Acqua di Parma - Colonia Leather (2014)
It would be a ludicrous oversimplification to claim that Colonia Leather is a cross between Acqua di Parma Colonia and Tom Ford’s Tuscan Leather but I’m going to say it anyway!
This citrus leather combo from the Italian masters of freshness takes the distinctive modern “inside of a new car” suederol accord found in Ford’s beastly scent and gives it a more delicate and dry assortment of supporting notes, resulting in a delightfully well balanced masculine, fresh, woody leather creation.
These are the notes:
Top: Orange, Lime
Mid: Rose, Petit Grain
Base: Leather, Atlas Cedar, Guaiac Wood
The opening has a healthy dose of the typical house citrus freshness but it’s obvious from the start that this one is in a different category to Acqua di Parma’s original citrus aromatic Colonia or my favourite Colonia Essenza. This fragrance, with its brown bottle, comes from the higher priced “Ingredients” line, the first of which was the widely lauded Colonia Oud from 2012. The freshness in this scent is overshadowed by a leather note which is quite strong and that is combined with a dry, almost ash like woodiness. Some have compared Colonia Leather to the smell of boot polish and they are not far wide of the mark. If boot polish mixed with rose and citrus fruits appeals to you then you’ve picked the right bottle!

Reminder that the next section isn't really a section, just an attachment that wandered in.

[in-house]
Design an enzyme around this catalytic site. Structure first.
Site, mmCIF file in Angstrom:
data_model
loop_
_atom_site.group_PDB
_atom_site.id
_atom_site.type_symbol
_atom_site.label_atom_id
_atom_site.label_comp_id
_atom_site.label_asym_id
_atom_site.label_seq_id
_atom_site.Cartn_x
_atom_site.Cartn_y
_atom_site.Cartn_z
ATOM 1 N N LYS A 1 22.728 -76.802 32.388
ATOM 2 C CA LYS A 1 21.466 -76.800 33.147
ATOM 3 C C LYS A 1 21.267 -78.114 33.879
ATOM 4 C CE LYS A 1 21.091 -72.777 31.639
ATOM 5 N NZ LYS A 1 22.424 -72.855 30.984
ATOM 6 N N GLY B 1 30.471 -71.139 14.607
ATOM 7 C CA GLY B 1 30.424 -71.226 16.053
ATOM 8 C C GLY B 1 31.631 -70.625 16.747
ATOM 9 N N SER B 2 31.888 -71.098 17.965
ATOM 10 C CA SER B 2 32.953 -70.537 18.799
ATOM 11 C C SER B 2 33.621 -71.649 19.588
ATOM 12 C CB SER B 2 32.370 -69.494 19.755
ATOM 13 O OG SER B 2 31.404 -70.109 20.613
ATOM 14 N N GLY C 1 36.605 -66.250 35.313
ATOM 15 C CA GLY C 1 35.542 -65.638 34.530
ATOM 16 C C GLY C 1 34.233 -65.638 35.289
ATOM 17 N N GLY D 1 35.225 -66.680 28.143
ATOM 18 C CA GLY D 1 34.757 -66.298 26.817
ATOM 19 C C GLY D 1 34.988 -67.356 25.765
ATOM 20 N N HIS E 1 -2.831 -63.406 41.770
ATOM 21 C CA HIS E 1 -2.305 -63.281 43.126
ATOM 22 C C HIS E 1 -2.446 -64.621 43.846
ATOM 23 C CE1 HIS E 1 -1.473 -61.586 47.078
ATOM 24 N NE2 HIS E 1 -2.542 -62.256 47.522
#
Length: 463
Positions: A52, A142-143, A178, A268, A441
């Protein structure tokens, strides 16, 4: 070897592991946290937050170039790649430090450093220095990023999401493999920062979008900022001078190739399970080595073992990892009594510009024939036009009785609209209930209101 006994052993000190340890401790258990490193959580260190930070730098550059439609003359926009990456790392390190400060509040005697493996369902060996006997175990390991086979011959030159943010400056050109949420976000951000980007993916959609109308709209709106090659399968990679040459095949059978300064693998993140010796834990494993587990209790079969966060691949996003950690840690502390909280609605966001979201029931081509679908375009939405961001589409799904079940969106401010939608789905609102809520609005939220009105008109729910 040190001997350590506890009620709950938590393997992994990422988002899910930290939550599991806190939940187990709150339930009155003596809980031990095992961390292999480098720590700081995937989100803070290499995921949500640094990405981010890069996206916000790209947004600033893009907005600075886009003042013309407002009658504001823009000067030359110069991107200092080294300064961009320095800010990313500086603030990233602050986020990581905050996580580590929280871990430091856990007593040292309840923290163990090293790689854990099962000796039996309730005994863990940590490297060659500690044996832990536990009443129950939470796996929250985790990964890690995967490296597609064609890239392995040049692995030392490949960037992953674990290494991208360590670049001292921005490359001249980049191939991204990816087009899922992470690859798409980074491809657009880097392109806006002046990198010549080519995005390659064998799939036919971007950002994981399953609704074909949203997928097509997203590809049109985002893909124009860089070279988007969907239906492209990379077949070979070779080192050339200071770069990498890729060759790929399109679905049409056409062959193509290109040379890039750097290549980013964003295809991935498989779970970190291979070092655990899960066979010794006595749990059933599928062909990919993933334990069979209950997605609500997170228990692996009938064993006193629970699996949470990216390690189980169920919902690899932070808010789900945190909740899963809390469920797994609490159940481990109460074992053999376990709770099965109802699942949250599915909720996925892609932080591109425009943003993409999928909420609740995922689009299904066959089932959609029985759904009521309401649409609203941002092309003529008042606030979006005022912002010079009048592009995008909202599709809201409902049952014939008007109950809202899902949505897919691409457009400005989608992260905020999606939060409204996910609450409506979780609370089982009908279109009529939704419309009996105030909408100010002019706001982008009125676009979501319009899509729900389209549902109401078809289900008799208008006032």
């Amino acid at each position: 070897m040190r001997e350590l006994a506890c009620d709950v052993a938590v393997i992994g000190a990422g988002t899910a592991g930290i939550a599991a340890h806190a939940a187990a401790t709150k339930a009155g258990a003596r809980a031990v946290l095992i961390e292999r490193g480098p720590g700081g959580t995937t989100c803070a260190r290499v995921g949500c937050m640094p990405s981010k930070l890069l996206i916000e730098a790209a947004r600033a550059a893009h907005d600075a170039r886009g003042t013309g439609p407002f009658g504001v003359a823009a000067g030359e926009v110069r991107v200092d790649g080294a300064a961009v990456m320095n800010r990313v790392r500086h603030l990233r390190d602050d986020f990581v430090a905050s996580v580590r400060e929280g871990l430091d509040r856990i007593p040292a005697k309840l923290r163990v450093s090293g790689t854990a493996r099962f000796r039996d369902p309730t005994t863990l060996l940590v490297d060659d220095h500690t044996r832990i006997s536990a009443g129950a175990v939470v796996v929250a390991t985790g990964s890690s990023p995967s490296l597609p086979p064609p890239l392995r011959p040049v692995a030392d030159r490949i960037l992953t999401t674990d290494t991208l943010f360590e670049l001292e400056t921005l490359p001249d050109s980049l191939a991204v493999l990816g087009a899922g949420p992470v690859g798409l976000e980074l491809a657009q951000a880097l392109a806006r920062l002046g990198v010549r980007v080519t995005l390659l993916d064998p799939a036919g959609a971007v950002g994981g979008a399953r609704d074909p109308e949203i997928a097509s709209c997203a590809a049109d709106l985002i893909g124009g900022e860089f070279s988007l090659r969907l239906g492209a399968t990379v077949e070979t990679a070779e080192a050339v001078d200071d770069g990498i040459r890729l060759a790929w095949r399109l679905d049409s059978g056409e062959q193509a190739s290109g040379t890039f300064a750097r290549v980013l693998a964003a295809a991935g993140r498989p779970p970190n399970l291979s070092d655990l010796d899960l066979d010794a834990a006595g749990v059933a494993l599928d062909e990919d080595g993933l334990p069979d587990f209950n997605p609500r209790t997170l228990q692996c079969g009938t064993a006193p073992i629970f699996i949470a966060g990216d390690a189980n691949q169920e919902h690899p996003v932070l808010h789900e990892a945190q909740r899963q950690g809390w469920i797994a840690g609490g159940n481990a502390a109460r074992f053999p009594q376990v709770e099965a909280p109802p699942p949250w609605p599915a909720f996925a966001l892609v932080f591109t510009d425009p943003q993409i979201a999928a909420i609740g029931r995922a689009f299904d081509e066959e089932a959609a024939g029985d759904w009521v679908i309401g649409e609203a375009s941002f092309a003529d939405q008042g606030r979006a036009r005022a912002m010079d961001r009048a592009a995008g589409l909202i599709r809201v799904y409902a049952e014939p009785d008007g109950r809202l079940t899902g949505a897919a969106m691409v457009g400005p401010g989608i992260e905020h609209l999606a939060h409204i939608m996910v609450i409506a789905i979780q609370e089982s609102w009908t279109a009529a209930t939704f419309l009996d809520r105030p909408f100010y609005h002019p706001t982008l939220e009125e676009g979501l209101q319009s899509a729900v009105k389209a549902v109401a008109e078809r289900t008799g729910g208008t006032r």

Flippancy aside, this is a really complex and sophisticated scent that definitely feels like a niche perfume with the requisite “challenging” element that often goes with that tag but not always with Acqua di Parma’s crowd pleasing fresh products. You have to be in the mood for Colonia Leather and there are many occassions when I reach for it and sniff the atomiser and say “perhaps not today”. The dry, leathery, woody aura of this one can feel a little austere when compared to Tuscan Leather’s brazen, almost narcotic (they say it smells like cocaine) sweet, sexy pungency. However, Colonia Leather is a little more refined, has more delicacy, and can be worn with less fear of causing offence than Tuscan Leather.
As the fragrance develops, the potentially off putting shoe polish aspect fades leaving the delicacy of rose and a smooth, manly, woody base. Longevity is very good and it seems to get better as time passes, leaving a classy, well put together aura about the wearer.
Overall, I really enjoy the balance between citrus freshness, a delightful rose note and the woods and leather base. This is a very grown up perfume for those who enjoy the art of fragrance and seek a leather scent with decent but not ridiculous performance and an air of sophisticated masculinity. A definite must try for Acqua di Parma fans and leather fragrance lovers alike.
Prices: 100ml - £175.00 150ml - £224.00 (Acqua di Parma website)